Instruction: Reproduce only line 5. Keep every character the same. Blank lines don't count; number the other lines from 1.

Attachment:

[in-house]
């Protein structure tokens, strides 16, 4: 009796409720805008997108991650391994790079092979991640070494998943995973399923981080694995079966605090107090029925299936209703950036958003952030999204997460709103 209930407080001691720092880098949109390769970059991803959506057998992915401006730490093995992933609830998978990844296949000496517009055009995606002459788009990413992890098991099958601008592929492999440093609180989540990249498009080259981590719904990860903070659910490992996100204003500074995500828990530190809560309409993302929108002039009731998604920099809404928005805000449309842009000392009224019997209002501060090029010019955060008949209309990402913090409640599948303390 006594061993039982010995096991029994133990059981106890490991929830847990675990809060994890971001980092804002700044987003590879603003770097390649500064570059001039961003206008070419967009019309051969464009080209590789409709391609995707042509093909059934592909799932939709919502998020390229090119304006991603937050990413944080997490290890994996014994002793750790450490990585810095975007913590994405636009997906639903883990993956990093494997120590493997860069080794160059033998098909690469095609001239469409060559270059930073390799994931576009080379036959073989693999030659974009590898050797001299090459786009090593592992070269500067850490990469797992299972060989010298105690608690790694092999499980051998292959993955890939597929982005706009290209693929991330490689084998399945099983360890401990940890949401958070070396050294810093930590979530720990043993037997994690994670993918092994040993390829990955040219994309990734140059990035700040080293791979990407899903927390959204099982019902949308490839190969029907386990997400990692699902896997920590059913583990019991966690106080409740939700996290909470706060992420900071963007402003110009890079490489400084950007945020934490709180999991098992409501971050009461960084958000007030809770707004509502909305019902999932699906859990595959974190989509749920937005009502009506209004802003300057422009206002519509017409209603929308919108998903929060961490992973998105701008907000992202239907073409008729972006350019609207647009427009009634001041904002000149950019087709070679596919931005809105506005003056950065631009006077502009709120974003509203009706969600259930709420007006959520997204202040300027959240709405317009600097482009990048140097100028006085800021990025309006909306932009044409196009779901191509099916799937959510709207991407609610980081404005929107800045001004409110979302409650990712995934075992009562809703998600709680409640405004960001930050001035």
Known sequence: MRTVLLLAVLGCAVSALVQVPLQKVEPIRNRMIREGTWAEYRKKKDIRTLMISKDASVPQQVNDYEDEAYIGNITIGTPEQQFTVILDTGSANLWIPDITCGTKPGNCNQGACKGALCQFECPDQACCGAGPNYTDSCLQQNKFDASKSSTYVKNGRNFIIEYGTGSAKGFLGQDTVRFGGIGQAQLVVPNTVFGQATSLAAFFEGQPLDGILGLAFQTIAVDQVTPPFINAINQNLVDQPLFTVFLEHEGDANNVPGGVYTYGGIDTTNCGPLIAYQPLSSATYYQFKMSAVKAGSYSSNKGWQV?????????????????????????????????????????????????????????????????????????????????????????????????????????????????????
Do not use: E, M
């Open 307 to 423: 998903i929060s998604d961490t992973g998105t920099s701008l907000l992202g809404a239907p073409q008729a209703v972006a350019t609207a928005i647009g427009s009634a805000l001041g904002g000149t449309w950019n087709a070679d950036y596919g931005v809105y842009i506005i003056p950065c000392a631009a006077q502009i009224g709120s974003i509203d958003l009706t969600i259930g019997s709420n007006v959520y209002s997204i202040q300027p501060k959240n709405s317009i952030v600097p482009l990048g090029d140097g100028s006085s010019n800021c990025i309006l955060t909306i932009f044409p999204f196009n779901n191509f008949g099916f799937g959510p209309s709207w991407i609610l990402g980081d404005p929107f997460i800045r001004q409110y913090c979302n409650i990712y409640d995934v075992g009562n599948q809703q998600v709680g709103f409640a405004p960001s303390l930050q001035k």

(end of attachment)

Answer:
């Open 307 to 423: 998903i929060s998604d961490t992973g998105t920099s701008l907000l992202g809404a239907p073409q008729a209703v972006a350019t609207a928005i647009g427009s009634a805000l001041g904002g000149t449309w950019n087709a070679d950036y596919g931005v809105y842009i506005i003056p950065c000392a631009a006077q502009i009224g709120s974003i509203d958003l009706t969600i259930g019997s709420n007006v959520y209002s997204i202040q300027p501060k959240n709405s317009i952030v600097p482009l990048g090029d140097g100028s006085s010019n800021c990025i309006l955060t909306i932009f044409p999204f196009n779901n191509f008949g099916f799937g959510p209309s709207w991407i609610l990402g980081d404005p929107f997460i800045r001004q409110y913090c979302n409650i990712y409640d995934v075992g009562n599948q809703q998600v709680g709103f409640a405004p960001s303390l930050q001035k």